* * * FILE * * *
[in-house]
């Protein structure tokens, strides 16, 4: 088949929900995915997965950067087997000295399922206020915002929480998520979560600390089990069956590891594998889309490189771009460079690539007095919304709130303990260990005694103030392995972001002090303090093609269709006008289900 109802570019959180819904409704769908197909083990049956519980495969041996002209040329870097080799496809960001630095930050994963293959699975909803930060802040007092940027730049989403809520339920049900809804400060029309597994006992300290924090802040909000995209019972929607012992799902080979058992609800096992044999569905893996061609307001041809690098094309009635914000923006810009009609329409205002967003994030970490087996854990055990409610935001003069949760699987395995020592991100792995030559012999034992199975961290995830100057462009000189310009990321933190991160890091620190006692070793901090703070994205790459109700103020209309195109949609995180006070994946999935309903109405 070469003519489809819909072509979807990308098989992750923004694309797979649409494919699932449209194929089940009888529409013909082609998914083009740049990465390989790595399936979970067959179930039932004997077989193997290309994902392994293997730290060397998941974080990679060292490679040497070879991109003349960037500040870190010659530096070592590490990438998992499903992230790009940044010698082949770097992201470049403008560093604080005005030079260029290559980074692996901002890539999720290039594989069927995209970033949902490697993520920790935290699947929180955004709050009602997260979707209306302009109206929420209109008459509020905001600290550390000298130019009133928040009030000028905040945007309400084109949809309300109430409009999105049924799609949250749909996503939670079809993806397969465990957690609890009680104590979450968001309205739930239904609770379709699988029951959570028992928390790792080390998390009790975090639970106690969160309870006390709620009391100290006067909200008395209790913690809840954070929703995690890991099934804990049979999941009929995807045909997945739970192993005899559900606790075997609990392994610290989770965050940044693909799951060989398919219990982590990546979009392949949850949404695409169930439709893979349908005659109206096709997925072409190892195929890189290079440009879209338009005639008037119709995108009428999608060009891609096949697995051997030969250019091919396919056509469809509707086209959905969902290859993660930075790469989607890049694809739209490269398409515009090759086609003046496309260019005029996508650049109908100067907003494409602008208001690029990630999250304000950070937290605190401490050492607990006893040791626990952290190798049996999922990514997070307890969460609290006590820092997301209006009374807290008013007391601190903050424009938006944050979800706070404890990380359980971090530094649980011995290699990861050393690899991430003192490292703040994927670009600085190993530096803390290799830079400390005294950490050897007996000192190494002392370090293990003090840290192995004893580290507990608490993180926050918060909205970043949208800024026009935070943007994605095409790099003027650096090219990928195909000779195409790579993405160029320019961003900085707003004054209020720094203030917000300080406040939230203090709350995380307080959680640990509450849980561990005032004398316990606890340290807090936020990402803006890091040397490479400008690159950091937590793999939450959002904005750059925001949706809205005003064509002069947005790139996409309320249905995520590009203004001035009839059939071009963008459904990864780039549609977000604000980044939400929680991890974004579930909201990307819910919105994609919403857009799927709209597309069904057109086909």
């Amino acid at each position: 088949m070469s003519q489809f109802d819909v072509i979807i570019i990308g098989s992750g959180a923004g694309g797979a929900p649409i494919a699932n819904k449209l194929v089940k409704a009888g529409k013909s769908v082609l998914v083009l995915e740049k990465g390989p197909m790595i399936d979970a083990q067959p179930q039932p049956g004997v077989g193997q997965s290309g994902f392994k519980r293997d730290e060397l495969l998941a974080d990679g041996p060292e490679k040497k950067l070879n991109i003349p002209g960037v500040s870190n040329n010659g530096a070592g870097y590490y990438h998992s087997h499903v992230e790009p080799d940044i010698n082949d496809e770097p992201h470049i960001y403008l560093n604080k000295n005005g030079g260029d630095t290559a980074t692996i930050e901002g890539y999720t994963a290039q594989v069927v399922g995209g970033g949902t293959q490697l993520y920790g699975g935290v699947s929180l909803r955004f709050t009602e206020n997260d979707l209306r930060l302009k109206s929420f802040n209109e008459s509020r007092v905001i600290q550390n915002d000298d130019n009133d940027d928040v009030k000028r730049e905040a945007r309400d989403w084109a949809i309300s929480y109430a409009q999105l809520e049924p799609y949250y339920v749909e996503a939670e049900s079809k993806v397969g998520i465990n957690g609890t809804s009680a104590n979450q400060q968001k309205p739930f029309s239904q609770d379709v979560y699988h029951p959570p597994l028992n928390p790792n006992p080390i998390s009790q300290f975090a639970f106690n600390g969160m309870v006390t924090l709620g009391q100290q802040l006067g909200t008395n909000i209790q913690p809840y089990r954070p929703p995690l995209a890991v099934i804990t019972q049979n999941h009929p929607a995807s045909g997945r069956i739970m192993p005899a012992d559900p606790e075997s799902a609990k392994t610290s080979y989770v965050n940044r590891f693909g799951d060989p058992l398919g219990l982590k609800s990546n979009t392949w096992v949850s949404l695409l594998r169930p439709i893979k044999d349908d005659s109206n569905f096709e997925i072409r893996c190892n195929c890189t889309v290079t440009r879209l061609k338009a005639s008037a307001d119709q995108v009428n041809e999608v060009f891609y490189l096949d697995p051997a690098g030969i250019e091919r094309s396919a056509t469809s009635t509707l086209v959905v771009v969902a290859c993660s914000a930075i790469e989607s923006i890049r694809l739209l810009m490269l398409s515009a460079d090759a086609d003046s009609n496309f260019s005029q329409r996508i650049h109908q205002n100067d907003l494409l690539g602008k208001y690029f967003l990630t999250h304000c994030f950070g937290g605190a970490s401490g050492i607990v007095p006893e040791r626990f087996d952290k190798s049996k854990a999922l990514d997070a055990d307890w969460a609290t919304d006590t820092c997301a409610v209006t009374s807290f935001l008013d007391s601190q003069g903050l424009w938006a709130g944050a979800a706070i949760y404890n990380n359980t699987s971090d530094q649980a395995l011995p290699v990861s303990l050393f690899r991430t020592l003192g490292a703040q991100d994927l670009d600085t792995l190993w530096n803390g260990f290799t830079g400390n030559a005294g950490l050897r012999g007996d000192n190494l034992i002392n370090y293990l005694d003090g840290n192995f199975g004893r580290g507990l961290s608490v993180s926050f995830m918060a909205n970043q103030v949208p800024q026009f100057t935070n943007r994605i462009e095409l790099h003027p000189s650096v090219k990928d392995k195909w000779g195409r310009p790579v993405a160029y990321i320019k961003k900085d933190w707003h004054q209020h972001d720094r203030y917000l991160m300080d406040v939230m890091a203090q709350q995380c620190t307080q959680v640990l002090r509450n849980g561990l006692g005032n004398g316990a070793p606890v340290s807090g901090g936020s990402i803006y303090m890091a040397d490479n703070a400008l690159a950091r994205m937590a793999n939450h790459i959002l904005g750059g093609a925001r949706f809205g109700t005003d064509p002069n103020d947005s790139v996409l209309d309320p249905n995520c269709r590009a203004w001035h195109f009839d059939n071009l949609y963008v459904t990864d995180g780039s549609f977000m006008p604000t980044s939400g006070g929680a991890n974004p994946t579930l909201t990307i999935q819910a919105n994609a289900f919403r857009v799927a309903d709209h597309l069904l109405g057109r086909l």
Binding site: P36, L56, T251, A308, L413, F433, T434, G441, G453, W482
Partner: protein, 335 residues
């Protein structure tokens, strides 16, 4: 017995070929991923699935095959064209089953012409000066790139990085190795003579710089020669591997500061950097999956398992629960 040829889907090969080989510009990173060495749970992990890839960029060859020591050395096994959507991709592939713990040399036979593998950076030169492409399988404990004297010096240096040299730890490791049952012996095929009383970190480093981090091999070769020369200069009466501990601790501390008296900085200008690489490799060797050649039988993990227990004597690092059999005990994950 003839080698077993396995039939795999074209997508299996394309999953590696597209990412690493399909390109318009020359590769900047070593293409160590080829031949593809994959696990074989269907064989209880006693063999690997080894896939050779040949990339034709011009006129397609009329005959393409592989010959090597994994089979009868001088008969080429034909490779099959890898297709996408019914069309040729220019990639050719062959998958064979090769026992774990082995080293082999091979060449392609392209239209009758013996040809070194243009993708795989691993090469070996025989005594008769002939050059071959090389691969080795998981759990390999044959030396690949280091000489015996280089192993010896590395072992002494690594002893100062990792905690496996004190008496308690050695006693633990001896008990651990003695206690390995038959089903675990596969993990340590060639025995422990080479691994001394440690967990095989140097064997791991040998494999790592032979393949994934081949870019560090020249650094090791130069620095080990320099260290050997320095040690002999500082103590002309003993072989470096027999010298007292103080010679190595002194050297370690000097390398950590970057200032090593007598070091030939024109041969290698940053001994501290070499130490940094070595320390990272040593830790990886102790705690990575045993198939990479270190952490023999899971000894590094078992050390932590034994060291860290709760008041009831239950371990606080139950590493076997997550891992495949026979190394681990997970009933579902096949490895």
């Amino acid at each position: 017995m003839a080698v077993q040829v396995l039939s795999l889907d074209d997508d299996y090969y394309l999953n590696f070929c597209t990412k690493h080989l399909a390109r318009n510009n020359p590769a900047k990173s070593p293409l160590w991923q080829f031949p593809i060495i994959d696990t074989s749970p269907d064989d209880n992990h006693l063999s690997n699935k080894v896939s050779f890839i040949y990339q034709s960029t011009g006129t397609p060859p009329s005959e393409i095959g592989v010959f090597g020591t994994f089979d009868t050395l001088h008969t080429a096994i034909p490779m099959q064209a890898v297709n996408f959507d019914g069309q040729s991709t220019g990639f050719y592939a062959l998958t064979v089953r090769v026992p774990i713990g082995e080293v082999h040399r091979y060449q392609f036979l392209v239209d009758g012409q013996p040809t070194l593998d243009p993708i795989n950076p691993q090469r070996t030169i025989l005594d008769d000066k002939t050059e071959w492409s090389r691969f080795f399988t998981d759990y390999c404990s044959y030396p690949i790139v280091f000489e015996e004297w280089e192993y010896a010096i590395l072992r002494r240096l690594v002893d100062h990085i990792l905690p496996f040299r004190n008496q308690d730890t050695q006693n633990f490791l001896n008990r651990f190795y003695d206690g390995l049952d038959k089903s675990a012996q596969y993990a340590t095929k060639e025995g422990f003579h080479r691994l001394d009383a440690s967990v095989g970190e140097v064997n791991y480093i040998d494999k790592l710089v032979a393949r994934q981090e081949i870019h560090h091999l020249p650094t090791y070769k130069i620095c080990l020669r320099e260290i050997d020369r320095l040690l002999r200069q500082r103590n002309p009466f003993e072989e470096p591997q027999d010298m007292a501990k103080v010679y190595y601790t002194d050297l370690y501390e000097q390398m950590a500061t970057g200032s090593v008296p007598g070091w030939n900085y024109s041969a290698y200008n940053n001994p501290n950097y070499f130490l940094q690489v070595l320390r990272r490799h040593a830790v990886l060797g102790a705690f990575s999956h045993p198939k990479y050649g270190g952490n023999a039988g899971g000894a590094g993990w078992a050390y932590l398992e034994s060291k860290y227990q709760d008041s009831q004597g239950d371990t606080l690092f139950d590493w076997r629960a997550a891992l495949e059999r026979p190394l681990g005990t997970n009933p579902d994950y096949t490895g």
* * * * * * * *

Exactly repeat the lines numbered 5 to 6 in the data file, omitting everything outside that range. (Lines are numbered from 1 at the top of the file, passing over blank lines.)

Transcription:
Partner: protein, 335 residues
């Protein structure tokens, strides 16, 4: 017995070929991923699935095959064209089953012409000066790139990085190795003579710089020669591997500061950097999956398992629960 040829889907090969080989510009990173060495749970992990890839960029060859020591050395096994959507991709592939713990040399036979593998950076030169492409399988404990004297010096240096040299730890490791049952012996095929009383970190480093981090091999070769020369200069009466501990601790501390008296900085200008690489490799060797050649039988993990227990004597690092059999005990994950 003839080698077993396995039939795999074209997508299996394309999953590696597209990412690493399909390109318009020359590769900047070593293409160590080829031949593809994959696990074989269907064989209880006693063999690997080894896939050779040949990339034709011009006129397609009329005959393409592989010959090597994994089979009868001088008969080429034909490779099959890898297709996408019914069309040729220019990639050719062959998958064979090769026992774990082995080293082999091979060449392609392209239209009758013996040809070194243009993708795989691993090469070996025989005594008769002939050059071959090389691969080795998981759990390999044959030396690949280091000489015996280089192993010896590395072992002494690594002893100062990792905690496996004190008496308690050695006693633990001896008990651990003695206690390995038959089903675990596969993990340590060639025995422990080479691994001394440690967990095989140097064997791991040998494999790592032979393949994934081949870019560090020249650094090791130069620095080990320099260290050997320095040690002999500082103590002309003993072989470096027999010298007292103080010679190595002194050297370690000097390398950590970057200032090593007598070091030939024109041969290698940053001994501290070499130490940094070595320390990272040593830790990886102790705690990575045993198939990479270190952490023999899971000894590094078992050390932590034994060291860290709760008041009831239950371990606080139950590493076997997550891992495949026979190394681990997970009933579902096949490895």